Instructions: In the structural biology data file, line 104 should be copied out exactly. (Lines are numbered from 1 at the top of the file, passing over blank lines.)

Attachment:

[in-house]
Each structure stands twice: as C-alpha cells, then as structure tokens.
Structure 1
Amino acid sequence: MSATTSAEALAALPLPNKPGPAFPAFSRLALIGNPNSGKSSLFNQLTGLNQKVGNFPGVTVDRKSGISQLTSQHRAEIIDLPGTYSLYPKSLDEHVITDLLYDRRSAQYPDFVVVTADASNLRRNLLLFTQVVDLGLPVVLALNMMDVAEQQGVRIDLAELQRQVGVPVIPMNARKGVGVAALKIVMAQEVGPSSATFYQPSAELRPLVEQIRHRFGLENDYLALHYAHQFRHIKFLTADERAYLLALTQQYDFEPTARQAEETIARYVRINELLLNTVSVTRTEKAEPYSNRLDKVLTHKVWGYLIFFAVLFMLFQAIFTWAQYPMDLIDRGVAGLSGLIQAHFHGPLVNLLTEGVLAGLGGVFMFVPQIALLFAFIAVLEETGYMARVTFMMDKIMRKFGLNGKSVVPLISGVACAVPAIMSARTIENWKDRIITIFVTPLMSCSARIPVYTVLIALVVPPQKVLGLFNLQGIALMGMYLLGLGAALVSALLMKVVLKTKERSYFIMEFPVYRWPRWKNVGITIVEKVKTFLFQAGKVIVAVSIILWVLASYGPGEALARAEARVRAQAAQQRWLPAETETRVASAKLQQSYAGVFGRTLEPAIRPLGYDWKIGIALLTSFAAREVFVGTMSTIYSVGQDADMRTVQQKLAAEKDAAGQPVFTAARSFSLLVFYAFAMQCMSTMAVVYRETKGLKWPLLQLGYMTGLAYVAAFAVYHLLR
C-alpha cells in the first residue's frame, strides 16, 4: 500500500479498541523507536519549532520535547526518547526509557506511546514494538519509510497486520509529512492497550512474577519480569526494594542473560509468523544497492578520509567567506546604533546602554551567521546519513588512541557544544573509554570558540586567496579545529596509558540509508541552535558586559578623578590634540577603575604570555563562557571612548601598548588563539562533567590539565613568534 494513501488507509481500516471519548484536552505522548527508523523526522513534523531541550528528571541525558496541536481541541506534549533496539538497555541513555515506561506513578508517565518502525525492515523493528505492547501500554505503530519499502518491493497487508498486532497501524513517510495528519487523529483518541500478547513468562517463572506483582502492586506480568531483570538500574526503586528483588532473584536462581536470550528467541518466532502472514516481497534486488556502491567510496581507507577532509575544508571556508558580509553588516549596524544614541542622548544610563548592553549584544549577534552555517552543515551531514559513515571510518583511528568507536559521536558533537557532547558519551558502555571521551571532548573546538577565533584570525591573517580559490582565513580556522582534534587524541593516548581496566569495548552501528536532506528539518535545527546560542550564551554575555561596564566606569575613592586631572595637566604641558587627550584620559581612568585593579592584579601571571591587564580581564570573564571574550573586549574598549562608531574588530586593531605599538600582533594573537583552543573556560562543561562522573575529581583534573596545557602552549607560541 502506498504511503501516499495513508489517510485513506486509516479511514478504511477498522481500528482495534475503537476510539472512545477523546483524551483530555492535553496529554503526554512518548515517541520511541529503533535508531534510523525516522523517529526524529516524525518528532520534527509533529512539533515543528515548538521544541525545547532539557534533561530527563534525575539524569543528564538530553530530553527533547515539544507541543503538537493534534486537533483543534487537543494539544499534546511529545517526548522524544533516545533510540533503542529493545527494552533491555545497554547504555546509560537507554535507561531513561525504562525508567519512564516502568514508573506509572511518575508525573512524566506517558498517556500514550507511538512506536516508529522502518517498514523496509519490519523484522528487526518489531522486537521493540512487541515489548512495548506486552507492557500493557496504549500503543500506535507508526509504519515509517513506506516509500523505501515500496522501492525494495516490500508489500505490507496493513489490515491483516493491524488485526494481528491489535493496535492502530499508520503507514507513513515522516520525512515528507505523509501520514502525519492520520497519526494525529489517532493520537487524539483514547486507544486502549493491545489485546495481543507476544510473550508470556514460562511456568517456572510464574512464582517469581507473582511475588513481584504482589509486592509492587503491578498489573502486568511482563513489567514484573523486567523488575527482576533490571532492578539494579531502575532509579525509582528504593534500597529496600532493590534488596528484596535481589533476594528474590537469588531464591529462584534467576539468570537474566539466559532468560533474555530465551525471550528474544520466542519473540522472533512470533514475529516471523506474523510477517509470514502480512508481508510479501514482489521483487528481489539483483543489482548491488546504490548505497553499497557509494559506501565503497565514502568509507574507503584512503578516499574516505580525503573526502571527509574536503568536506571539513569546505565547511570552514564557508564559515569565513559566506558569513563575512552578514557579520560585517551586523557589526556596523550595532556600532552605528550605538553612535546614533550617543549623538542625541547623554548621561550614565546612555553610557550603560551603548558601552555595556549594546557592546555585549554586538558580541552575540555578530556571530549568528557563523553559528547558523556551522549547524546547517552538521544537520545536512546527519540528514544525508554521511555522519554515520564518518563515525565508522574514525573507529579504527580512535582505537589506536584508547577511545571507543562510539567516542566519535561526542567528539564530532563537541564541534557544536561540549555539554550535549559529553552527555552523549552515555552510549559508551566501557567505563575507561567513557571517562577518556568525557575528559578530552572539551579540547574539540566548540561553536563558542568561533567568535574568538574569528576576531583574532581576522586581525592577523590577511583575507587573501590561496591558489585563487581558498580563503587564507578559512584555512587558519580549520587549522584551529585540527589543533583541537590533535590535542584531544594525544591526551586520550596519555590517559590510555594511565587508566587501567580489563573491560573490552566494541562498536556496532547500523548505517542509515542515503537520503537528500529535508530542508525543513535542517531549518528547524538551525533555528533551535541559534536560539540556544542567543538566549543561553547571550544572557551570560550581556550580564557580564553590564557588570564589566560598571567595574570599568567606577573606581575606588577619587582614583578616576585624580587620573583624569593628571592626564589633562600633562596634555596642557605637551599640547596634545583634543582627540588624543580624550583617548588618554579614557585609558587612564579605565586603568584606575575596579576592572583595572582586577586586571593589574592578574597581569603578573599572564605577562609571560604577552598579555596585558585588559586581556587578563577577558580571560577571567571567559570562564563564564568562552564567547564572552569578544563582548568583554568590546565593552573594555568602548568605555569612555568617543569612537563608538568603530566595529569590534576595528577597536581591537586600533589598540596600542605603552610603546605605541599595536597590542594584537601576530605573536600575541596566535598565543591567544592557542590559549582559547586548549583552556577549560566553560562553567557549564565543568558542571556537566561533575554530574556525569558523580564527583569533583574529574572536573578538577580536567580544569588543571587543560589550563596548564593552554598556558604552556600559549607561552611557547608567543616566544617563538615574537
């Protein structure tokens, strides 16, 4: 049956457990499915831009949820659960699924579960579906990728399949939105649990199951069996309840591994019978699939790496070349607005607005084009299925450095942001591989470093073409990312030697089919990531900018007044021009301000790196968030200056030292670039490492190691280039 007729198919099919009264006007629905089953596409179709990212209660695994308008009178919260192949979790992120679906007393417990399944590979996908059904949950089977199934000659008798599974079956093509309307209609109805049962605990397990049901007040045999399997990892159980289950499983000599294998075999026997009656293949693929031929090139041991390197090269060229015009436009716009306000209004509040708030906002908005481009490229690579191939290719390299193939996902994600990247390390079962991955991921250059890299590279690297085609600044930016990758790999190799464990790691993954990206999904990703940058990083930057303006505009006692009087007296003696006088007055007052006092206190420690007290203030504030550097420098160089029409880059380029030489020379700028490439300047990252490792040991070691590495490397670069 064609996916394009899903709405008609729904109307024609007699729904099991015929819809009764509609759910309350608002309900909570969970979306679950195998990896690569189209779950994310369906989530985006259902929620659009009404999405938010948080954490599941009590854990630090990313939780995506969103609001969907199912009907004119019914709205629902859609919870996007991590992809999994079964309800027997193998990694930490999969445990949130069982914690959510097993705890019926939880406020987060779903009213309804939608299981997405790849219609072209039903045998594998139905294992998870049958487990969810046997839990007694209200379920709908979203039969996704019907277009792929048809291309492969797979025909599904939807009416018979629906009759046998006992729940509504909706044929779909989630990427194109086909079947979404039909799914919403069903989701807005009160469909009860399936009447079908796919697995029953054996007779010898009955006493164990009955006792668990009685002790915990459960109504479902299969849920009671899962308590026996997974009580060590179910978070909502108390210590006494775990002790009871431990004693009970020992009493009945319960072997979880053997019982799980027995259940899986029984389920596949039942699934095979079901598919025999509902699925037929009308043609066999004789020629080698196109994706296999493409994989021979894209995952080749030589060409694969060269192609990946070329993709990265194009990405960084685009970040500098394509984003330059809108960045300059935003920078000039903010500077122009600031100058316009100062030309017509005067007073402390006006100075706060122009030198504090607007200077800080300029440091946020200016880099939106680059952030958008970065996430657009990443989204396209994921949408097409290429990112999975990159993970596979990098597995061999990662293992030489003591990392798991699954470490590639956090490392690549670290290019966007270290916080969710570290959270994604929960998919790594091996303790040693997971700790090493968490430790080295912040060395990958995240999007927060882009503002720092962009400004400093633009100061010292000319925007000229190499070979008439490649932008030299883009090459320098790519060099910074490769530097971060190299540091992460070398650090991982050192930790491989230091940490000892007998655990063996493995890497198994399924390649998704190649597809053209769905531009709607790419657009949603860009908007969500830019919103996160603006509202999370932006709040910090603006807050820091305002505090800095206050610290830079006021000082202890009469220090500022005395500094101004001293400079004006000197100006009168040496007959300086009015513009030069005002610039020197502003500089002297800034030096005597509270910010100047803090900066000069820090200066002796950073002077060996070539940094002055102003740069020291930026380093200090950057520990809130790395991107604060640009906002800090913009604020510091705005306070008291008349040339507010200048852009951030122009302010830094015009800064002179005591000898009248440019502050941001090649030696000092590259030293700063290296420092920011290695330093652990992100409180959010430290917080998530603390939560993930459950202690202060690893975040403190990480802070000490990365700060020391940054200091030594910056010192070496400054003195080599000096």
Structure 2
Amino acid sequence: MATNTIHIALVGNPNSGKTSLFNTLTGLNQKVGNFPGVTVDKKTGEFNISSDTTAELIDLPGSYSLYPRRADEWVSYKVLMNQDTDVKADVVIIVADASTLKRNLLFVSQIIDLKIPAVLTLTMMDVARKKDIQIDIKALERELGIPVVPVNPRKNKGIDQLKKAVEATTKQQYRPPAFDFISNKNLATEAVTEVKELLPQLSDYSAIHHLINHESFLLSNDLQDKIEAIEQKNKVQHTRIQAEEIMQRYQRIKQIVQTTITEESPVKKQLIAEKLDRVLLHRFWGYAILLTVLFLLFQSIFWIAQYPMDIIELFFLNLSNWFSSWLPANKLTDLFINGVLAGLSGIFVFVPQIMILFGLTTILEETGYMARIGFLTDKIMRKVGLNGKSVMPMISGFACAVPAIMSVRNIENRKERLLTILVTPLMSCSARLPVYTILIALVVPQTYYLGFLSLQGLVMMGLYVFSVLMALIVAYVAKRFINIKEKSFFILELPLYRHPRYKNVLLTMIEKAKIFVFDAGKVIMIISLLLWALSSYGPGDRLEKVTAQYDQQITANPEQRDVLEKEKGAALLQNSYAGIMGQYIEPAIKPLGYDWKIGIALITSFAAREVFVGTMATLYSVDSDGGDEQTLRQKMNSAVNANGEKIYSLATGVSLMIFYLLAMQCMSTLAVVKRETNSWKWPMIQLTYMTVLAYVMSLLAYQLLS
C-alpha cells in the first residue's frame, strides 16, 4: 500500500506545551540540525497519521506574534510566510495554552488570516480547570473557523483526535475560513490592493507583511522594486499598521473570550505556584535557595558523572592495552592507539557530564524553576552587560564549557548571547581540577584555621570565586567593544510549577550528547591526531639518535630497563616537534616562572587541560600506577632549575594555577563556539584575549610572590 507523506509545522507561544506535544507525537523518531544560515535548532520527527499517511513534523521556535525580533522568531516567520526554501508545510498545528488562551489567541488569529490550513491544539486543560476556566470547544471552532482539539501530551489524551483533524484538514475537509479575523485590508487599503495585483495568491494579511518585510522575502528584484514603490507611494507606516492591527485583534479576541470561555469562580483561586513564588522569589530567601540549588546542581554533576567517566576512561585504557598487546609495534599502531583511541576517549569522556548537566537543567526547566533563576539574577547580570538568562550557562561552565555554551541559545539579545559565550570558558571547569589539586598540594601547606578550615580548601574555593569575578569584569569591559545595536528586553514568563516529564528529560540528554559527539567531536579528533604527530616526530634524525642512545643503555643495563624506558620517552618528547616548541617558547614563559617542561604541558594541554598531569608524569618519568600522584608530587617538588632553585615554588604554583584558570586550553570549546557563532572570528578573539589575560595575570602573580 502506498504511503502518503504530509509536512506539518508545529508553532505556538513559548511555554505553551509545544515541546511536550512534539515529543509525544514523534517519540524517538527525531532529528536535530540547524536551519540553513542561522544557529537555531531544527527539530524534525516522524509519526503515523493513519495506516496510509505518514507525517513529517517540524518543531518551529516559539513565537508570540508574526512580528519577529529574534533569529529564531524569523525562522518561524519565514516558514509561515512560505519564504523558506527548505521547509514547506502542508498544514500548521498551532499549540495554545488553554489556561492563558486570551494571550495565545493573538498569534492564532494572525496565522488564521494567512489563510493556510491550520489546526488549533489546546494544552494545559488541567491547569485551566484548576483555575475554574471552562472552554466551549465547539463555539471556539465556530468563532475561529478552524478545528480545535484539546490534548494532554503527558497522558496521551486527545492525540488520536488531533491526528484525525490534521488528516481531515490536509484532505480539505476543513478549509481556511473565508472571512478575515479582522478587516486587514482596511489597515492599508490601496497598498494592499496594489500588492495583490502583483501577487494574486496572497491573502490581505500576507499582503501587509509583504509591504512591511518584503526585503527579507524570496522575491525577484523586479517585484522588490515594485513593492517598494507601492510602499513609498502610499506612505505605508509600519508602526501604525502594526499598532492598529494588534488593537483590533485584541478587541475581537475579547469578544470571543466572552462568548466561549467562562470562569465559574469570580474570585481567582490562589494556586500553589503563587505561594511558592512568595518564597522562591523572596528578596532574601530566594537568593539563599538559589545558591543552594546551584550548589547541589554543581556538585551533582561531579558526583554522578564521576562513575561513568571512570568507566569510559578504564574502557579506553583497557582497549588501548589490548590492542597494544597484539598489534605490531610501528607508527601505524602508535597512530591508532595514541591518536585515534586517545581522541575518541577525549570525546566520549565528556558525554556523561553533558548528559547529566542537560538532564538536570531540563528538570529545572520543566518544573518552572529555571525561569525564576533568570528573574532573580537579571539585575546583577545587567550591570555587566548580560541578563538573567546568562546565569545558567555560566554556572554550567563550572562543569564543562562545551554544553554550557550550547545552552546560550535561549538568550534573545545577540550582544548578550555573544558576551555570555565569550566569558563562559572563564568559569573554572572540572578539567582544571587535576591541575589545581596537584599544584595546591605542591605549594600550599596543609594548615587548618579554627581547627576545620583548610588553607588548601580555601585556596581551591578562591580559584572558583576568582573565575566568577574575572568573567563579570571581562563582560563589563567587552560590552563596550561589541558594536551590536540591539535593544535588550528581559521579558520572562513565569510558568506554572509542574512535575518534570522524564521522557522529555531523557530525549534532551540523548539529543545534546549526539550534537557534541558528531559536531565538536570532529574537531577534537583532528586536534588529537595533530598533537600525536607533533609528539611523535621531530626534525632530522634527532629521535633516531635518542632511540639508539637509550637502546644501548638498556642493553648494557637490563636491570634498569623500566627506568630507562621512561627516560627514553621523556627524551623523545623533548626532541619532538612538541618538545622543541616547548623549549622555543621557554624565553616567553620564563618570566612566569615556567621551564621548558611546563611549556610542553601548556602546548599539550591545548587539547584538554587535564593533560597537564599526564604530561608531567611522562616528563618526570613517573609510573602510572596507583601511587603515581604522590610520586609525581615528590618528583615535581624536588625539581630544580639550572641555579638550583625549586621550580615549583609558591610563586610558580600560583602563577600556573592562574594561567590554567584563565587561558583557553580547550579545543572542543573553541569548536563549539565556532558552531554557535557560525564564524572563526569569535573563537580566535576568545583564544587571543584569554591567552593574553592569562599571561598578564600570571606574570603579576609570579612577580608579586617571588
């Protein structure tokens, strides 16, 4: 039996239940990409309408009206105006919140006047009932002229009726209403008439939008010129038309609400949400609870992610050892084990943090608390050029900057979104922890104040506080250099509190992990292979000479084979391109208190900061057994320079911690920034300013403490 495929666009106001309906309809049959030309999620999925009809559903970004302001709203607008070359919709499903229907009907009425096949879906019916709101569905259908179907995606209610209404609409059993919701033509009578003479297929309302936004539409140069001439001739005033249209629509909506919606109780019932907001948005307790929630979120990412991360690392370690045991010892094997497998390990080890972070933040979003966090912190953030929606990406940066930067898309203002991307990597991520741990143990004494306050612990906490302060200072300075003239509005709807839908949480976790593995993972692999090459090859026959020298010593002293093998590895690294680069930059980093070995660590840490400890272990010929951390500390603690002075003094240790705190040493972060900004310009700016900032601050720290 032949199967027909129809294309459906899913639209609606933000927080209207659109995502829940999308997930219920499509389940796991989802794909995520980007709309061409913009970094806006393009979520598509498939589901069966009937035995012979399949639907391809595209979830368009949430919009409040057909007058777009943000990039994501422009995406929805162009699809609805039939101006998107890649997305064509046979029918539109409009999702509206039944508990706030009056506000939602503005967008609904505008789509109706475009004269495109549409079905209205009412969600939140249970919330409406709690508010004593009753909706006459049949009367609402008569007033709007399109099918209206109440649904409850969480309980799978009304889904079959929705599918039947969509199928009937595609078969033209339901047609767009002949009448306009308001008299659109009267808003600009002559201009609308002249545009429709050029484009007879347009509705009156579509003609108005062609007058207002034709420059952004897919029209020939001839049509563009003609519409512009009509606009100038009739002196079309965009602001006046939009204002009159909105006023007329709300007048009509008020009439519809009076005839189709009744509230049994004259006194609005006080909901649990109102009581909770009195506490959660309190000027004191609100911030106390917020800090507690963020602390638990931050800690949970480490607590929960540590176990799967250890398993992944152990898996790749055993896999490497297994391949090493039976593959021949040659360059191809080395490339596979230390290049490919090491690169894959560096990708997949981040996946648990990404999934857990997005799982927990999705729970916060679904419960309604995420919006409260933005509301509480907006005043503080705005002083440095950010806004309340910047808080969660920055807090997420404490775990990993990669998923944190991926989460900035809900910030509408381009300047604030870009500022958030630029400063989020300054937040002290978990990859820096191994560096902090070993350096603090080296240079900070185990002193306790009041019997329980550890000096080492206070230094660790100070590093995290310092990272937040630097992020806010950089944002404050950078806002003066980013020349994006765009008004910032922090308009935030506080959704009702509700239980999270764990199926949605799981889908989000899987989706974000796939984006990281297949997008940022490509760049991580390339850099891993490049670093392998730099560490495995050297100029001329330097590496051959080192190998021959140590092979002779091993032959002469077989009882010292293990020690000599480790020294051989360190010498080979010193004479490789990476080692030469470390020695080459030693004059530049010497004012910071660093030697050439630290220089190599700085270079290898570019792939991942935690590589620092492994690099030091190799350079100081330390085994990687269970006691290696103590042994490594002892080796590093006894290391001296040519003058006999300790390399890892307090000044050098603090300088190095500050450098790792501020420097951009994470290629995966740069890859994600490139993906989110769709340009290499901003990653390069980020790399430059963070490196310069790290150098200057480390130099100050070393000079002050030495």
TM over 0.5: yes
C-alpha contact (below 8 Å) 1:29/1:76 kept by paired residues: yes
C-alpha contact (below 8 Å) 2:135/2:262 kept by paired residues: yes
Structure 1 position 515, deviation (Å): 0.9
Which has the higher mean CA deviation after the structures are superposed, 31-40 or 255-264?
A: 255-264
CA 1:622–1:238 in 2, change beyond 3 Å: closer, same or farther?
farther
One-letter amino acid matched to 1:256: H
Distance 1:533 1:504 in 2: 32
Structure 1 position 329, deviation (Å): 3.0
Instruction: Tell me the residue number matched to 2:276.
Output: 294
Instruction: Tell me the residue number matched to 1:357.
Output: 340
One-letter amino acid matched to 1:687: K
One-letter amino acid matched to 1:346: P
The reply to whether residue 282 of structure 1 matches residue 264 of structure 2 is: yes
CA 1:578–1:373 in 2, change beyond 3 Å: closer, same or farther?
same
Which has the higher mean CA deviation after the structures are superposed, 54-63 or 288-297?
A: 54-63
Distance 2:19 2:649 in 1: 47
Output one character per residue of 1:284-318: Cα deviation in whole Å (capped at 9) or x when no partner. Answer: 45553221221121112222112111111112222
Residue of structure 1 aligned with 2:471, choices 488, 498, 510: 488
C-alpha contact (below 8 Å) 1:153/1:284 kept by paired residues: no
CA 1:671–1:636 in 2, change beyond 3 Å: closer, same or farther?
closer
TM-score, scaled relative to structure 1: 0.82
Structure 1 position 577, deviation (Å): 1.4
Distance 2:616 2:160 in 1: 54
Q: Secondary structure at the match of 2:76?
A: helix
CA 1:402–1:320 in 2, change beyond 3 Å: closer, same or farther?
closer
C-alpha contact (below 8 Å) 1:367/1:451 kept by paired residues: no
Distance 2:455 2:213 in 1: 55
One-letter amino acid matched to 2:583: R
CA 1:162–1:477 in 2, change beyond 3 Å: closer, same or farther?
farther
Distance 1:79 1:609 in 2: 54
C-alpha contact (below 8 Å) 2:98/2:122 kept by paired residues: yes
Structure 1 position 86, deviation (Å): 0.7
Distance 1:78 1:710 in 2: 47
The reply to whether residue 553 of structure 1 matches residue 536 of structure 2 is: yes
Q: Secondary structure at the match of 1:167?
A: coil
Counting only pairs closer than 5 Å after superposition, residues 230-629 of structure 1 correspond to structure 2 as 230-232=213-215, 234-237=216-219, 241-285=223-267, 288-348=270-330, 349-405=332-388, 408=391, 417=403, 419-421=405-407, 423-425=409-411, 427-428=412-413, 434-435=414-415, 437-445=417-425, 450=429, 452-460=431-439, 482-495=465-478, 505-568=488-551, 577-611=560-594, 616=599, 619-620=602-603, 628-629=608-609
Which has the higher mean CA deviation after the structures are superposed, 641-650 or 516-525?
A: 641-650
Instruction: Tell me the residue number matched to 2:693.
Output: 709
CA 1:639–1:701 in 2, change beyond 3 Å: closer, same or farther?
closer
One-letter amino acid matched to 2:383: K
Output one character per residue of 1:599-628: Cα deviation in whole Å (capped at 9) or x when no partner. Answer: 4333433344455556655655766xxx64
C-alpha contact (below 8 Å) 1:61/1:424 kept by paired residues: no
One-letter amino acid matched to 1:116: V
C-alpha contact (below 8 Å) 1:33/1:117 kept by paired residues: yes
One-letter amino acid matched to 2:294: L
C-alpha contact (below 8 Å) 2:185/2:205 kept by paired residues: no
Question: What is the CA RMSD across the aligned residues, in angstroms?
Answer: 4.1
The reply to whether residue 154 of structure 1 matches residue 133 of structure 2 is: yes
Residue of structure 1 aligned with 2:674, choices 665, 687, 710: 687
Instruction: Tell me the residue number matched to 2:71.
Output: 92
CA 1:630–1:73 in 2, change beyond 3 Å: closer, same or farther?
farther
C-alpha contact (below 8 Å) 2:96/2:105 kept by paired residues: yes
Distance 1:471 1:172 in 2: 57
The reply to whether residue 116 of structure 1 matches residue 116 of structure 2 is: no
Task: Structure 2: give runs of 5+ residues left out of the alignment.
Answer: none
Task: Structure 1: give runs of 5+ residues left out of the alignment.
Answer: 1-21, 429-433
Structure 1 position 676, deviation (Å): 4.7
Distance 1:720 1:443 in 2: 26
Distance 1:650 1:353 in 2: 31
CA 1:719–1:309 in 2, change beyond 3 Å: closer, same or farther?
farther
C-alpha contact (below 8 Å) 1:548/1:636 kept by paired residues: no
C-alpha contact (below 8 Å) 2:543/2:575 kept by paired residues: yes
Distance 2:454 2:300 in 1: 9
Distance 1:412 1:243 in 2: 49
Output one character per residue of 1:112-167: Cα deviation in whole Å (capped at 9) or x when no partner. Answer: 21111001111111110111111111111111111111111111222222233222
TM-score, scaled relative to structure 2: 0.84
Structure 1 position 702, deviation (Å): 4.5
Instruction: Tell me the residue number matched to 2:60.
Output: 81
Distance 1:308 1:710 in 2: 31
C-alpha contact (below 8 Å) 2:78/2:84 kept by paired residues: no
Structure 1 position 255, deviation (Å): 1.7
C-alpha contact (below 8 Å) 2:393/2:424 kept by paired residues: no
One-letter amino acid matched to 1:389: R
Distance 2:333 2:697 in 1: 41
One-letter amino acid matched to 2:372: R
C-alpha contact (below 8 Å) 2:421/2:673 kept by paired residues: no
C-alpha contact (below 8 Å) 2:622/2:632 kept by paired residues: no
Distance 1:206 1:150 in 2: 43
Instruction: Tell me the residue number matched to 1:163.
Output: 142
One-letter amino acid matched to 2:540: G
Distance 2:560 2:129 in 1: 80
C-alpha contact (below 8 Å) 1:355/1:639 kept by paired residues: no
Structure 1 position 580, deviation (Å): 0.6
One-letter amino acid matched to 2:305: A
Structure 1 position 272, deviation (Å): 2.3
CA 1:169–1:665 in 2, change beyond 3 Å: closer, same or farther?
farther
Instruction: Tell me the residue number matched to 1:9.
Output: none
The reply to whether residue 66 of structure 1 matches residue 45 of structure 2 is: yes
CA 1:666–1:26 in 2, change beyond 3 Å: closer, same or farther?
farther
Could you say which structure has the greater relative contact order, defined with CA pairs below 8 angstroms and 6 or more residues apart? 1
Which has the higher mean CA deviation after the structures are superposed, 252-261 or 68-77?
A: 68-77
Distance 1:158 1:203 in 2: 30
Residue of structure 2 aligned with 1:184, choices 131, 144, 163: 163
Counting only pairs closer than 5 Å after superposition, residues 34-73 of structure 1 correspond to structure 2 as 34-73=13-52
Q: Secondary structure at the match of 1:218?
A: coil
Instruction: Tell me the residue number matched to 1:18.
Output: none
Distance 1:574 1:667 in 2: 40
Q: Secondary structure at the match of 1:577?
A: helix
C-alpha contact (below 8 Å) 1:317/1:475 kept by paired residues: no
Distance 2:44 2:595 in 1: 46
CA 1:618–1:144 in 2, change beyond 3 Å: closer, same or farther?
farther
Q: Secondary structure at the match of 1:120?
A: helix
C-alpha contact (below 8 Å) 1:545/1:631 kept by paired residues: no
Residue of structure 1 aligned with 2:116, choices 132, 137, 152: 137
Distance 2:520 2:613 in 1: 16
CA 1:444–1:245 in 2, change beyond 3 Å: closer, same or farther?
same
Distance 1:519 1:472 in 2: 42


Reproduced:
C-alpha contact (below 8 Å) 2:393/2:424 kept by paired residues: no